SOCIAL VULNERABILITY INDEX
Developed in 2003 by Cutter et al., the Social Vulnerability Index (SVI) is “intended to spatially identify socially vulnerable populations, to help more completely understand the risk of hazards to these populations, and to aid in mitigating, preparing for, responding to, and recovering from that risk” (Flanagan et al., 2011, p. 16). The Social Vulnerability Index has four domains: socioeconomic status, household composition and disability, minority status and language, and housing and transportation. The source of data for this model is 15 census variables from the 2000 U.S. Census of Population and Housing at the census tract or “community” level. For each community in the nation, the SVI toolkit provides an SVI value for each of the 15 census variables, each of the four domains, and an overall SVI. Also included in the report were flags, representing a percentile ranking of 90 or higher for each of the variables and domains as well as the total flags for each tract (Flanagan et al., 2011).
The Social Vulnerability Index can be used during all phases of a disaster to inform decision making. The SVI was used after Hurricane Katrina, for example, to understand the impact of the disaster and recovery progress in New Orleans. Areas with socioeconomically vulnerable populations were found to have recovered more slowly from heavy flood damage than those without socioeconomically vulnerable populations. By using the Social Vulnerability Index, state and local agencies may better identify vulnerable populations, allowing disaster recovery decision makers to better target and support community-based disaster mitigation and preparedness (Flanagan et al., 2011).
AARP. 2015. Livability index. https://livabilityindex.aarp.org/livability-defined (accessed June 17, 2015).
America’s Health Rankings®. 2014. About the annual report. http://www.americashealthrankings.org/about/annual (accessed December 4, 2014).
County Health Rankings. 2010. Our approach. http://www.countyhealthrankings.org/our-approach (accessed December 1, 2014).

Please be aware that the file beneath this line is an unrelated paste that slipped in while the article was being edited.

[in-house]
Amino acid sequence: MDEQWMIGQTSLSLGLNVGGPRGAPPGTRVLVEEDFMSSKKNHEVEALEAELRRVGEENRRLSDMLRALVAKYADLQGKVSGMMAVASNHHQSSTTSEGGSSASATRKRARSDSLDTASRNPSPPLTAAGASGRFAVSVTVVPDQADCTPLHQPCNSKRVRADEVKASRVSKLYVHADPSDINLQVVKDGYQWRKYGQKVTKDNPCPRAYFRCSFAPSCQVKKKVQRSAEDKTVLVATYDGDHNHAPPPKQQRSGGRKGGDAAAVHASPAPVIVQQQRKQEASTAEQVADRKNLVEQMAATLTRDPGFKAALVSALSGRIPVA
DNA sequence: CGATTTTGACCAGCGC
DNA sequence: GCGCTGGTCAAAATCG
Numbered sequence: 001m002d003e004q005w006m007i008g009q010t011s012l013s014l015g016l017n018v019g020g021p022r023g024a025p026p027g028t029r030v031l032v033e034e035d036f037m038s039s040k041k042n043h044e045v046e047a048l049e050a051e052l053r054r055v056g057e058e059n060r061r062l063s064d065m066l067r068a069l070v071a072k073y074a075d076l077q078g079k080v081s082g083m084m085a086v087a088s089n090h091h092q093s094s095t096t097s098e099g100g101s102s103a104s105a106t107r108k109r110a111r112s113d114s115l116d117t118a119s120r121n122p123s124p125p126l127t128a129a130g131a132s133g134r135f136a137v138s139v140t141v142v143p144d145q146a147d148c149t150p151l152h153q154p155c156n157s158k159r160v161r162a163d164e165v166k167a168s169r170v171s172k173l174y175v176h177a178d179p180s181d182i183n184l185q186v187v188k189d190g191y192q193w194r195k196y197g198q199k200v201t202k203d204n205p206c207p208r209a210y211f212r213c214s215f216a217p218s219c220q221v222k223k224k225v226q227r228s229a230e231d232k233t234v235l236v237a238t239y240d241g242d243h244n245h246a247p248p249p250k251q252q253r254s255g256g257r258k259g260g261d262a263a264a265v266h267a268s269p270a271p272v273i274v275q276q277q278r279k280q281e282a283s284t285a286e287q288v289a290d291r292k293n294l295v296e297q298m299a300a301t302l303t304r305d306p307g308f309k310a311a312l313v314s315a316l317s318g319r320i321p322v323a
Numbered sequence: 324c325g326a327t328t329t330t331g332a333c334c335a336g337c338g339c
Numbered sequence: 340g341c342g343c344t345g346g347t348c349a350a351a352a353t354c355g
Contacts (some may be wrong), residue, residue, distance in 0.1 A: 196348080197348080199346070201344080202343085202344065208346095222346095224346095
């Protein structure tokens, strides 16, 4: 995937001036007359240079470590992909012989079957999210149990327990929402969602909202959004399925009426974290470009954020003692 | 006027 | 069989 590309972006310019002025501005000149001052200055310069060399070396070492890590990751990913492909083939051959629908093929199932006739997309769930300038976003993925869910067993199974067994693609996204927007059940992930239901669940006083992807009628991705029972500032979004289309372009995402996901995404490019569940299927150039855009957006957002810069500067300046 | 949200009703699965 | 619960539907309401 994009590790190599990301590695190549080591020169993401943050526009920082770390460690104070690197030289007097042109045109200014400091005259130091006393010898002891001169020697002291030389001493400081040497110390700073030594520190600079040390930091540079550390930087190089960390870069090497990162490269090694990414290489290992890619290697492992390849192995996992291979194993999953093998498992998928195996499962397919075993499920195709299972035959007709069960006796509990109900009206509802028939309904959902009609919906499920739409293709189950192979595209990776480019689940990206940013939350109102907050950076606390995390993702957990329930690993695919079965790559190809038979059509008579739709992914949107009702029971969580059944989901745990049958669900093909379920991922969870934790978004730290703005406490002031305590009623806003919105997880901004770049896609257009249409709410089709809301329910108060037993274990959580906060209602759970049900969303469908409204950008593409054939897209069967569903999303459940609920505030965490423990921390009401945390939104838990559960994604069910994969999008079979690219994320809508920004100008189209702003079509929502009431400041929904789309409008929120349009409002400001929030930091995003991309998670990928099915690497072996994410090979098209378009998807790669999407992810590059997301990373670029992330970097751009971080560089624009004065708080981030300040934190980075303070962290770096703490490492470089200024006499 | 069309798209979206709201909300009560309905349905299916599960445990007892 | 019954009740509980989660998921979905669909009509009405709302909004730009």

County Health Rankings. 2013. Action center. http://www.countyhealthrankings.org/roadmaps/action-center (accessed December 4, 2014).
Cutter, S. L., B. J. Boruff, and W. L. Shirley. 2003. Social vulnerability to environmental hazards. Social Science Quarterly 84(2):242-261.
Flanagan, B. E., E. W. Gregory, E. J. Hallisey, J. L. Heitgerd, and B. Lewis. 2011. A social vulnerability index for disaster management. Journal of Homeland Security and Emergency Management 8(1).
HUD (U.S. Department of Housing and Urban Development). 2014. HUD Healthy Communities Transformation Initiative. http://healthyhousingsolutions.com/wp-content/uploads/2014/11/HUD_HCTI_project_overview_FINAL.pdf (accessed June 17, 2015).
Nolen, L., J. Prochaska, M. Rushing, E. Fuller, J. E. Dills, R. Buschmann, C. Miller, S. Tarlekar, H. Avey, E. Ruel, and D. Oakley. 2014. Improving health through housing and neighborhood development in Galveston, Texas: Use of health impact assessment to develop planning tools and coordinated community action. http://www.pewtrusts.org/en/~/media/Assets/External-Sites/Health-Impact-Project/GalvestonHIAFinalSummaryReport1 (accessed December 4, 2014).
SCI (Sustainable Communities Index). 2014a. Case studies. http://www.sustainablecommunitiesindex.org/case_studies.php (accessed October 20, 2014).
SCI. 2014b. Frequent questions. http://www.sustainablecommunitiesindex.org/webpages/view/46 (accessed October 20, 2014).
SCI. 2014c. History. http://www.sustainablecommunitiesindex.org/webpages/view/47 (accessed October 20, 2014).
SCI. 2014d. Indicator PR.3.B recreation facility access. http://www.sustainablecommunitiesindex.org/indicators/view/92 (accessed October 20, 2014).
SCI. 2014e. Measures. http://www.sustainablecommunitiesindex.org/indicators (accessed October 20, 2014).